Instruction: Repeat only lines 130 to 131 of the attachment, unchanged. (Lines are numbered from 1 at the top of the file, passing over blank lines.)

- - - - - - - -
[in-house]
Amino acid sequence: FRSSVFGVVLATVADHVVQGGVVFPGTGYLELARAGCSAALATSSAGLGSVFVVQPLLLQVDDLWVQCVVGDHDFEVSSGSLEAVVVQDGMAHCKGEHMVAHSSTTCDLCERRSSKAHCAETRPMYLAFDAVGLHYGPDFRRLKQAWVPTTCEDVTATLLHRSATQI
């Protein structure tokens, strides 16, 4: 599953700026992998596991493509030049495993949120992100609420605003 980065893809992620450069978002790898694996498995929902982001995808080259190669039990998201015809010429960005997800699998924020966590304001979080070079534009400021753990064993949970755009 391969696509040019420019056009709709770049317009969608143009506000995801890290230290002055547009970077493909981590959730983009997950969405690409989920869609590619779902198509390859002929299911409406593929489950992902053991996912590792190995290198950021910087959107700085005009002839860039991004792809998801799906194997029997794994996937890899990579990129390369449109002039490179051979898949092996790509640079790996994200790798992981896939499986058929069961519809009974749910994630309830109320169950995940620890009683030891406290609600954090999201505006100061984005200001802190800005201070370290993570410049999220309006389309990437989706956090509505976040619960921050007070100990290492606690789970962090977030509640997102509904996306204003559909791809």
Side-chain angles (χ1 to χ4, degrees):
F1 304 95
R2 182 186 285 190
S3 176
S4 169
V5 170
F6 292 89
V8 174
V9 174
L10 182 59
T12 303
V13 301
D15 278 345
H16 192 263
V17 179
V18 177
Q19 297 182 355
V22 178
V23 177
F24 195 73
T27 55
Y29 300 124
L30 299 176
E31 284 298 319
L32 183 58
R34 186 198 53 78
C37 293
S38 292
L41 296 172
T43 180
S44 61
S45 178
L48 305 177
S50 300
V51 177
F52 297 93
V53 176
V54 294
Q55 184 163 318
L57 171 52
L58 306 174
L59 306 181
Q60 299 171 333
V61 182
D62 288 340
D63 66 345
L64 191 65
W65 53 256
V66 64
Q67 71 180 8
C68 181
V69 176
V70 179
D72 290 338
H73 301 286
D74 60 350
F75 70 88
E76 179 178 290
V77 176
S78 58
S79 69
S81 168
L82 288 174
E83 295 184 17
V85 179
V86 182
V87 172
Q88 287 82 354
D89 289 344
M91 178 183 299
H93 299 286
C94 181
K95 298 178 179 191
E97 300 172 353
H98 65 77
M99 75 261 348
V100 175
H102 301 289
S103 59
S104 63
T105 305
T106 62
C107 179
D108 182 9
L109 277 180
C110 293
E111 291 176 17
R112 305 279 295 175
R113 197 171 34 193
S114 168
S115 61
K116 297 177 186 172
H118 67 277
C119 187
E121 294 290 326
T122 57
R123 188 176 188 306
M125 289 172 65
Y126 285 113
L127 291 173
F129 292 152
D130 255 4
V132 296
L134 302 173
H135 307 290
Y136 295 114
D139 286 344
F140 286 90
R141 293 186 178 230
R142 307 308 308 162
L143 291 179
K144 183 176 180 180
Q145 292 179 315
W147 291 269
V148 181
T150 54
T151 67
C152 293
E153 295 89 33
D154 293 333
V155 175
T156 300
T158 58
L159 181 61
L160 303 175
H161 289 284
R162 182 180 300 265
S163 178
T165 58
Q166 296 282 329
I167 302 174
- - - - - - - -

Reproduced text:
R162 182 180 300 265
S163 178